• Jack
      • CMP

        Posada and Rivera must have had the same baserunning coach in the Yankee system

    • vin
      • vin

        LOL, should’ve refreshed.

      • Yank The Frank

        “Moe, Larry , cheese…”

  • nick

    Martin should get a bonus for not being Francisco Cervelli.

  • CP

    At what point do you make the decision that Montero is likely a better option at catcher than Martin? He’s been great behind the plate, but he’s been an offensive black hole for nearly 3 months.

    • Rick in Boston

      I’d like to see Montero hit like he did last year before calling him up. He slugged right around .300 in June – that’s too Cervelli-esque.

    • tommiesmithjohncarlos a/k/a Ridiculous Upside the Elder

      FWIW, emphasis mine:

      April: .293/.376/.587, .281 BABIP
      May-present: .185/.299/.287, .200 BABIP

      His LD% split by month has decreased, but only slightly, while his BABIP, FB/GB, and HR/FB have absolutely cratered. Martin isn’t elevating anything anymore, which is a real concern, but he’s probably had some bad luck on top of that to make things look even worse.

    • JobaWockeeZ

      Give him a shot ASAP.

  • CS Yankee

    Great article.

    Clearly some room for improvement in the second half and I would guess behind the BoSox for IF, but above the Phillies?

  • David, Jr.

    Forget the $17M salary, what sticks out from this? Wouldn’t it be nice to see a whole mess of extra base hits in the second half? I believe that he can do it. Very good signs recently.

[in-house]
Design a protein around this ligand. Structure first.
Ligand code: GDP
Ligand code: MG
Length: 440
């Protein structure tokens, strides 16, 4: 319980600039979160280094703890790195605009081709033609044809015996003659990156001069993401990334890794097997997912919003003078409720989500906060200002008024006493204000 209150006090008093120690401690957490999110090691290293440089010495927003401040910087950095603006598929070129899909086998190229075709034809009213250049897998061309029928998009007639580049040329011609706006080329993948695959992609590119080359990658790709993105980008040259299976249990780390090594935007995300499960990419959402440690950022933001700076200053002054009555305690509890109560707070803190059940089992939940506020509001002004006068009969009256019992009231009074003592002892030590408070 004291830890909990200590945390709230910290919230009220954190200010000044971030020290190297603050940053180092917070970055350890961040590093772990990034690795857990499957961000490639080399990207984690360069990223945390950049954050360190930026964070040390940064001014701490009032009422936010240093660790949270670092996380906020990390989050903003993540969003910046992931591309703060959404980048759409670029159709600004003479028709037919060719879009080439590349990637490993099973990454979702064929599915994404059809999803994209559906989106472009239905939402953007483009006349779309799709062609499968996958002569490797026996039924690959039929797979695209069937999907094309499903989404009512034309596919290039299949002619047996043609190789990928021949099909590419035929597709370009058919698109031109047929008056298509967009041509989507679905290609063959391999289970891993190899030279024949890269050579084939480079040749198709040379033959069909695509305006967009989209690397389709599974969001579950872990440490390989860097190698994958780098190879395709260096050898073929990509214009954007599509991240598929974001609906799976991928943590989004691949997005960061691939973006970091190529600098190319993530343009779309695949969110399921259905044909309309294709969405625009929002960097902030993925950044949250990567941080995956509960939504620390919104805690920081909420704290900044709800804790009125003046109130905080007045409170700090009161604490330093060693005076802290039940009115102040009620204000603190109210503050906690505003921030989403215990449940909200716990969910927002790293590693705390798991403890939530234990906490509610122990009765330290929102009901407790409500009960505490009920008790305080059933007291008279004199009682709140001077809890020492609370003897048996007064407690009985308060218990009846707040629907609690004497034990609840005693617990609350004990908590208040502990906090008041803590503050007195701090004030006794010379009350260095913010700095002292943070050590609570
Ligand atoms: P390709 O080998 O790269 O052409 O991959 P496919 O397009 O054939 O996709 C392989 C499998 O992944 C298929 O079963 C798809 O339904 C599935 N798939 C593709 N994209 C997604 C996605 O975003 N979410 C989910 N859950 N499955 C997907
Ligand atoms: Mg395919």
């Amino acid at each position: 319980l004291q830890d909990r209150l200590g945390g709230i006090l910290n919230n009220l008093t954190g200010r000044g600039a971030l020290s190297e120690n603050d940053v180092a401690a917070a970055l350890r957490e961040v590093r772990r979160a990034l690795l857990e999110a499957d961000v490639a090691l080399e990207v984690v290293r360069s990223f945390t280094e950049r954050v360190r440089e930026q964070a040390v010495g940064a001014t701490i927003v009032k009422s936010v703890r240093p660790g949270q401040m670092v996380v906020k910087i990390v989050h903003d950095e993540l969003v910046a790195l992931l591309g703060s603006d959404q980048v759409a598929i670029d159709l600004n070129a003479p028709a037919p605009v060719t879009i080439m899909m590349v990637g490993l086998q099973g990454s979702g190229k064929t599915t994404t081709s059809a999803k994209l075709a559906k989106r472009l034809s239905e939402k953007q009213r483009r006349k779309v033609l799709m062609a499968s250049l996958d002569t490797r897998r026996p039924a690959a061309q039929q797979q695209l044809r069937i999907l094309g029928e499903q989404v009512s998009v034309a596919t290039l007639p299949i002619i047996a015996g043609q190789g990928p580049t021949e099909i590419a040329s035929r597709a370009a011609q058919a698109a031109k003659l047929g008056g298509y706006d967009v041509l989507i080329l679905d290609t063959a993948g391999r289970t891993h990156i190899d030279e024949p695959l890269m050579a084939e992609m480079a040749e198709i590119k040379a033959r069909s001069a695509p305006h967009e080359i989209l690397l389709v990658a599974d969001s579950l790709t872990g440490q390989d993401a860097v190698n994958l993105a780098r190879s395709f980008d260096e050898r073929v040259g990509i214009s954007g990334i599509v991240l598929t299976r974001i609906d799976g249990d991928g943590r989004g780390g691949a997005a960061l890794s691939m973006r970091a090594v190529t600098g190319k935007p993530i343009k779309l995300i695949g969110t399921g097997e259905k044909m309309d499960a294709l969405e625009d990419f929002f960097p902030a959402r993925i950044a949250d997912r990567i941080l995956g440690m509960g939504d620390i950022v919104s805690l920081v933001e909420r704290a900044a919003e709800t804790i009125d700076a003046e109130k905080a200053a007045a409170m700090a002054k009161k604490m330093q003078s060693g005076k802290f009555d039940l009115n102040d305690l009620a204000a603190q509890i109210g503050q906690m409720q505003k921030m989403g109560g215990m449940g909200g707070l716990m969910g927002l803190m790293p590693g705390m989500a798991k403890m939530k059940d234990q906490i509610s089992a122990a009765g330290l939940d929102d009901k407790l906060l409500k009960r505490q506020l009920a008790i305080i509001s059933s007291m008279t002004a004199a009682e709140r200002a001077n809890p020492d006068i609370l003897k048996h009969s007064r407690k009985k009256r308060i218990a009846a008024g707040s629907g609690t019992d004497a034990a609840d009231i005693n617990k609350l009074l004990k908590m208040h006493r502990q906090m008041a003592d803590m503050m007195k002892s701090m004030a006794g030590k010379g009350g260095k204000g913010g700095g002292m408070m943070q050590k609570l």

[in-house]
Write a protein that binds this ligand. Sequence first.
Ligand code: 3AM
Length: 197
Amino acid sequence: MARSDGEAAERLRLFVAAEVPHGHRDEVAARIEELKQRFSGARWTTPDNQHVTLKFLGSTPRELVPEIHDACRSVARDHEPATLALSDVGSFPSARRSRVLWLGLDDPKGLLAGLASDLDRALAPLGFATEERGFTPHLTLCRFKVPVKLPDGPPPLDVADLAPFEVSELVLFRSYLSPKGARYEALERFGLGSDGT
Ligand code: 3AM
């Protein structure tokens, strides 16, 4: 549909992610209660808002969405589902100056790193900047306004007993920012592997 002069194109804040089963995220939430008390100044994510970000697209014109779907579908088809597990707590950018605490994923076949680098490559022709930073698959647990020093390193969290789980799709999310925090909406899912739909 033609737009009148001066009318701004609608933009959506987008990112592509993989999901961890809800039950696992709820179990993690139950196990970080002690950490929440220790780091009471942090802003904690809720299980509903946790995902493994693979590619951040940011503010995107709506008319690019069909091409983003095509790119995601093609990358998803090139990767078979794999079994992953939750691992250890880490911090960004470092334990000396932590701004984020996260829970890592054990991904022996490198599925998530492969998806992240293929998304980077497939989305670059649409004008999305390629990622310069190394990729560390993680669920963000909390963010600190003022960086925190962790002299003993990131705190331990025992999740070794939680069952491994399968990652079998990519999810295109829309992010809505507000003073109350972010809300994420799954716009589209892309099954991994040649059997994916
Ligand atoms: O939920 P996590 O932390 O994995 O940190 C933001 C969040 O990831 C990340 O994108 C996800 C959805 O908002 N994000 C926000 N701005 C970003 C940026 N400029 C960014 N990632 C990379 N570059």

Not sure about the D stats for catcher. Martin blocks everything! His throws are usually very good as well. He can’t help it if runners get good jumps. He is a noticeable improvement behind the plate over recent years.

    • Rick in Boston

      I’m not sure there’s anyway to properly judge catcher defense metrically. Maybe if we were tracking “Balls in the Dirt”, you could get a baseline and try to judge if Martin is great or if Posada is really that awful.

    • Greg

      I agree with this. With one of the major purposes of adance statistics making sure every thing is on an even plane, shouldn’t a catcher’s arm be judged solely on release time and accuracy of throws?

      The runner being out or not actually seems like it hardly matters in prediciting the next runner. (unless we play into a runner is less likely to attempt to steal if a catcher is 20/20 throwing out base runners).

      • Rick in Boston

        There’s a lot going into trying to catch a base runner which makes it difficult to “score”:

        1) The pitcher holding the runner (how’s his move? does he look over/throw over).
        2) The pitch call (Pudge Rodriguez was infamous for calling for fastballs with a runner on base).
        3) The pitcher’s move home (slide-step? high leg kick? lefty on the mound?)
        4) The actual location of the pitch (inside/outside/low/high)
        5) The throw itself
        6) The infielder receiving the ball (we’ve seen Nunez blow at least one of these this year)
        7) The tag
        8) The umpire

        And I think I probably missed something. Raw CS/SBA stats are nice to look at, but there’s so much more involved. I’m a fan of advanced statistics and believe a lot of them make up for the fact that the human eye is fallible. But it would take a massive workload in order to properly judge every catcher.

  • http://none Favrest

    Jorge shouldn’t be allowed to face a lefty again at a meaningful point in any game.

  • Matt

    You forgot Mickey Mantle!